from John McPhee’s introduction to Thoreau’s ‘A Week on the Concord and Merrimack Rivers’

“… Just as he describes it, the Concord narrows dramatically and shallows out over a ‘yellow pebbly bottom’ as it approaches the falls in Billerica, where the Thoreaus went off on the Middlesex Canal and where Kaz and I were to rendezvous with my wife, Yolanda Whitman, in her Odyssey. To let her know that we were in Billerica and when we would be landing, Kaz produced a cell phone, waved it in the air, and said, ‘Henry David couldn’t do this!’

“In the last quarter-mile, where the river widened and was something like a pond, we homed in on a small rock island with a single tree, and a very old brick factory that had been built, above the dam, forty-one years after the Thoreaus went through. Helen Potter’s Mill Mouse Gallery was in the bricks now, Colleen Sgroi’s Gallery and Art Classes, and the law office of Margaret Loranger Sweeney. The Middlesex Canal had crossed the Concord River here, drawing from this high point the water that filled the canal to the north and to the south. In a boulder on the left bank we saw a big iron D ring. It had held one end of the canal’s ‘floating bridge,’ which supported horses hauling the commercial traffic. On Faulkner Street, the brick factory and a concrete bridge from 1930 occluded the route of the Thoreaus.

“Where the brothers entered the Merrimack, whatever is left of the three locks that took them down to the river is buried beside Advance Auto Parts, 1-800 Rent-a-Car, the Tandoori Grill, and the Asian Pacific Buffet. The remains are under the Sterling warehouse for North American Van Lines and the rails of the Boston & Maine. Across Broadway from all those historic places is Hadley Field, with its baseball diamond, its children’s playground, its skateboard park, and its low stone marker as the route of the Middlesex Canal. Coming through the park, the canal went right through the warehouse and stair-stepped down to the river.

“On September 1st at 7:50 in the morning, Mark Svenvold and I started off in a light rain, due west up the Merrimack. Starting up the Merrimack, Thoreau says, ‘We now felt as if we were fairly launched on the ocean-stream of our voyage,’ and he compares the village harbors in that reach of the river to the harbors of Venice, Syracuse, and Rhodes. The Merrimack there is a thousand feet wide and subject to the winds if not of an ocean at least of a good-sized lake. I hate fighting headwinds, so I was grateful for the calm gray overcast, the rain that diminished to mist. We would be paddling upstream about forty miles, at least twenty-five per cent of it with no help from the pooling influence of dams. Mark is six foot three, in his early forties, athletic. In this endeavor, I preferred him to his wife or, certainly, my wife. This wasn’t my first rodeo. Mark also has the high fluency and ironic humor of someone else who went up this river, long ago. He is a poet, a creative-writing professor, and the author of Elmer McCurdy, a nonfiction book in which he easily bests the challenge that his central figure is a corpse.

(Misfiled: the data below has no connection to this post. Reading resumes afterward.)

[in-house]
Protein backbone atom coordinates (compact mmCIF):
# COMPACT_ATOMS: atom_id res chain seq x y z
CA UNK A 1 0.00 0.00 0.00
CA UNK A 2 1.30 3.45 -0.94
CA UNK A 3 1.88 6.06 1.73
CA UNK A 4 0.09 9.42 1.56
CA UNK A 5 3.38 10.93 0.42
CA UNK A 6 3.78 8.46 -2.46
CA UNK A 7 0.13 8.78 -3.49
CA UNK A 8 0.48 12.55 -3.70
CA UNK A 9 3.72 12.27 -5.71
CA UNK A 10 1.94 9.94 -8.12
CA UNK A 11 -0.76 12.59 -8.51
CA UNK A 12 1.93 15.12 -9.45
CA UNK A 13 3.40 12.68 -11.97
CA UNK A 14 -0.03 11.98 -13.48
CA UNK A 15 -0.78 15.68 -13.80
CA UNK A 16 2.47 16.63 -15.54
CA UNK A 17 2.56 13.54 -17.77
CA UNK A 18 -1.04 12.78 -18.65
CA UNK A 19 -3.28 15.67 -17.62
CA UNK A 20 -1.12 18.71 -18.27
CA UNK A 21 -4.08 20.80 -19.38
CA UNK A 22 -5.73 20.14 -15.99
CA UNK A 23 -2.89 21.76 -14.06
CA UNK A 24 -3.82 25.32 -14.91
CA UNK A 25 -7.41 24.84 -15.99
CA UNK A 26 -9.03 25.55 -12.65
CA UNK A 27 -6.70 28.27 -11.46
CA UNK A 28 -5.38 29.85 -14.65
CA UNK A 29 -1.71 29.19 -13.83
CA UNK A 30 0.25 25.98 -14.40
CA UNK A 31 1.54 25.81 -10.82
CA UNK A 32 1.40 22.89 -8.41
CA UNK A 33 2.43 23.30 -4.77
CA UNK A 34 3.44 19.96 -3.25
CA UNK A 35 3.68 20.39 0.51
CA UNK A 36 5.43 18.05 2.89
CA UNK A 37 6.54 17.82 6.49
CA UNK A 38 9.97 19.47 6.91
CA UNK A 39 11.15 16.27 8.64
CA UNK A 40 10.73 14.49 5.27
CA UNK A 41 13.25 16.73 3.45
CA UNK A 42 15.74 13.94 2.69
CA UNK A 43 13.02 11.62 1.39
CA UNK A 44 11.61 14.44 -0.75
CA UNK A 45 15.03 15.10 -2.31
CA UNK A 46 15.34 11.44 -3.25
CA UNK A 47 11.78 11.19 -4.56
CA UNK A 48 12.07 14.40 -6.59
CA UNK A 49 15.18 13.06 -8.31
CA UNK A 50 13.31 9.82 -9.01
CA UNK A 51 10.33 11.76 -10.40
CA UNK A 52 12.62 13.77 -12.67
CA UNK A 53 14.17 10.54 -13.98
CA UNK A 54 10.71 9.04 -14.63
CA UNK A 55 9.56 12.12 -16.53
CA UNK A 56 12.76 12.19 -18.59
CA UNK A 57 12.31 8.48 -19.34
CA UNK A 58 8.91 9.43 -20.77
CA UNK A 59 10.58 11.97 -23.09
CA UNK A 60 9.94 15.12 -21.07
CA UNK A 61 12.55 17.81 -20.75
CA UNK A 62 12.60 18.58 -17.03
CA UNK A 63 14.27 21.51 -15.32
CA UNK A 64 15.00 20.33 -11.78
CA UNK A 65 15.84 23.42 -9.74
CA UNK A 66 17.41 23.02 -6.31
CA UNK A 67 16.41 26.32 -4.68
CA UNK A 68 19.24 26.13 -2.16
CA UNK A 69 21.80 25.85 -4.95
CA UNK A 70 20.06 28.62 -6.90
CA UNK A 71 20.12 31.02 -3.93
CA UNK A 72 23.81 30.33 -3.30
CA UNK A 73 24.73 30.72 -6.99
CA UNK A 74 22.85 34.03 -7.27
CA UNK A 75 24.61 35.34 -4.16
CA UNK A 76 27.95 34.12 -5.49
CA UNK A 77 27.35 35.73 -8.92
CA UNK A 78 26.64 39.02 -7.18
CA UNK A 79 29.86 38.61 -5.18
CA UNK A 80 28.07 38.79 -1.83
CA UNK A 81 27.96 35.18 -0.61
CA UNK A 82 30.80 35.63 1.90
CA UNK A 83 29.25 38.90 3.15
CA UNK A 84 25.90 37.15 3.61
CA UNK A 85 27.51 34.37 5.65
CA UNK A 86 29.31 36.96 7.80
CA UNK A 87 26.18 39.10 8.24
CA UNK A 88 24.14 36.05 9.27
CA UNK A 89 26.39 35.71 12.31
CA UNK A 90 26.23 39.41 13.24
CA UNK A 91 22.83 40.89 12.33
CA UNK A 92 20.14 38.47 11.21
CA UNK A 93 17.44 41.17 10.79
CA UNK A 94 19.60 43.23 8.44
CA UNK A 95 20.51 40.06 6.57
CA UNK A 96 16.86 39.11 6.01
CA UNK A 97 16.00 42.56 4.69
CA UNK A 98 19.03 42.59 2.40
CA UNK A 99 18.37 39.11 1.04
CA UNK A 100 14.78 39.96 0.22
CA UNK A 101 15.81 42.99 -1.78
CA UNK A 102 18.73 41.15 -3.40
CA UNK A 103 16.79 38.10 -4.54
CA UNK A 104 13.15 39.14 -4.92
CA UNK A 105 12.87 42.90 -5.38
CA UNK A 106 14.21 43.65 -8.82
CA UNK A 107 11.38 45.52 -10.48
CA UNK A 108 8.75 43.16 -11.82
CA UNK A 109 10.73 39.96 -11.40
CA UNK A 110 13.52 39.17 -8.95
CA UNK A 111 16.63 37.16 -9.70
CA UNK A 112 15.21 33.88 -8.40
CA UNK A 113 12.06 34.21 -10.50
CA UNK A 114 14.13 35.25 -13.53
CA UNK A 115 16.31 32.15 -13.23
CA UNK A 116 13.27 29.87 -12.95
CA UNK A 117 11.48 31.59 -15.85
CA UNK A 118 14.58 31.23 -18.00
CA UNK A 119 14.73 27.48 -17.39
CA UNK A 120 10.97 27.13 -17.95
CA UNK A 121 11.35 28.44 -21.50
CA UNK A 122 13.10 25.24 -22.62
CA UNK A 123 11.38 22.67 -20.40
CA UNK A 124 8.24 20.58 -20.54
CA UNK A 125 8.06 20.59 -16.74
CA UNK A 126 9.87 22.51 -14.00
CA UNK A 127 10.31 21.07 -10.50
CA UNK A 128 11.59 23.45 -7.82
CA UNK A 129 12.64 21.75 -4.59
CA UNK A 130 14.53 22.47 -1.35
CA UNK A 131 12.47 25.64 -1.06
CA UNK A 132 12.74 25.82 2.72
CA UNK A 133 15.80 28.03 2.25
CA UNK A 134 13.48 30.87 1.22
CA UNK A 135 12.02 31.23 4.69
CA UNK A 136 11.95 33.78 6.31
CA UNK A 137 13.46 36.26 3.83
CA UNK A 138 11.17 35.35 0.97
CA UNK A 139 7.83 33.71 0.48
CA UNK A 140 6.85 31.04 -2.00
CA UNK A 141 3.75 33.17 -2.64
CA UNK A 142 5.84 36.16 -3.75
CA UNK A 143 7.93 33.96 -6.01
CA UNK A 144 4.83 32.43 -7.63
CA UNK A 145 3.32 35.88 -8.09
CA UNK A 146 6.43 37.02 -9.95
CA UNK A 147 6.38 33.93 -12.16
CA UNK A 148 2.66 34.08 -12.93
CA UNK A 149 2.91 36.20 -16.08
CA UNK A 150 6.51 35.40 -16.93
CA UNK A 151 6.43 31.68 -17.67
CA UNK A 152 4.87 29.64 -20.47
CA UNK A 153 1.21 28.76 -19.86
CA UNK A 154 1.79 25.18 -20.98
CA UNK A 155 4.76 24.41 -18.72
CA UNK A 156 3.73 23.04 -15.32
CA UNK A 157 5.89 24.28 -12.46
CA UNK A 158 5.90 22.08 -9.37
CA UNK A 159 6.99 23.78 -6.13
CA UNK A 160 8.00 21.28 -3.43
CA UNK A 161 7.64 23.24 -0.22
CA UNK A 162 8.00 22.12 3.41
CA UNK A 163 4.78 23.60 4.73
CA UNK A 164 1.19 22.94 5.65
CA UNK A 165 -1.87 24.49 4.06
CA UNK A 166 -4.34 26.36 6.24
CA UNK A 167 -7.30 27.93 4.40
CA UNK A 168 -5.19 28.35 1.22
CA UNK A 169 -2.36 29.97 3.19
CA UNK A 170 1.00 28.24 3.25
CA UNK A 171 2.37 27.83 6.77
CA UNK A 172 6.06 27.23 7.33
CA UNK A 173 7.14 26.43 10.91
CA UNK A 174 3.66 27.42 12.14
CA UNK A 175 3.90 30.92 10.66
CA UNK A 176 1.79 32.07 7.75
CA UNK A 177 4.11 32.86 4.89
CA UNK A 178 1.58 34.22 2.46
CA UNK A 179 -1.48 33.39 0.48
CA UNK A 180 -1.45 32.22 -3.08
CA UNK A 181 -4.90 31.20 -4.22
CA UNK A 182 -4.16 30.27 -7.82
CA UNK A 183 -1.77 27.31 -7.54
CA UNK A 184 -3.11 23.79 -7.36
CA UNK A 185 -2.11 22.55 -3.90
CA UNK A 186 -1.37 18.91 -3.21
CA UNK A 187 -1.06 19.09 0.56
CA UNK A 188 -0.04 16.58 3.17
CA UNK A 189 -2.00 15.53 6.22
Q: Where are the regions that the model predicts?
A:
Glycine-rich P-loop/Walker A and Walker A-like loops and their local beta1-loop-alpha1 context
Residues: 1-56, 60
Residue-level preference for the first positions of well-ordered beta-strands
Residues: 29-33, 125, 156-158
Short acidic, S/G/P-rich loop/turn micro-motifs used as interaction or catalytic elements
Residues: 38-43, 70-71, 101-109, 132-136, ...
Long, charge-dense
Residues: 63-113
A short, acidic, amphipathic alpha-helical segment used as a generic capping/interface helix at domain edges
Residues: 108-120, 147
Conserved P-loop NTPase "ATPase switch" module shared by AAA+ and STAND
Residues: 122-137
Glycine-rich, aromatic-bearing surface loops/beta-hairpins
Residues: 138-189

“Lowell, which had more than a hundred thousand people by 2003, already had twenty thousand in 2003. For Thoreau, this was not a wilderness trip; these were not the woods of Maine. It was a journey up a minor American Ruhr, partly developed and partly under construction, ever more nascent with miles north. On the riverbanks, rails were being laid as he rowed. In his book, when he calls Lowell ‘the city of spindles and Manchester of America,’ he is not referring to the ambitious village thirty miles upstream. Nor is he above a borrowed thought. In his duffel, he had John Hayward’s The New England Gazetteer (published earlier in 1839), which describes Lowell as ‘the American Manchester.’

“The red bricks of Lowell and neighboring Chelmsford had come down the Merrimack in canal boats. Mark and I passed a four-story factory in whose tall windows about half the glass was not present–an empty brick shell of a bygone New England. CHELMSFORD MILLS FOR LEASE. The Merrimack is formed in central New Hampshire by the conjunction of the Pemigewasset and the Winnepesaukee (Thoreau’s Winnepisiogee) and flows pretty much due south to the Great Bend at Chelmsford, where it turns east for Lowell and the ocean. The Thoreaus, taking their ‘nooning,’ sat on sand under an apple tree and ate wild plums ‘opposite the Glass-house village’ here at the Great Bend. Henry says that Merrimack means Sturgeon River. He doesn’t say to whom. In the Algonquian language family, the word means, variously, Deep River and Rapid Water. . . .”

—John McPhee, from the Introduction to a new edition of  “A Week on the Concord and Merrimack Rivers” by Henry David Thoreau, 1849 (Princeton Univ. Press, 2004)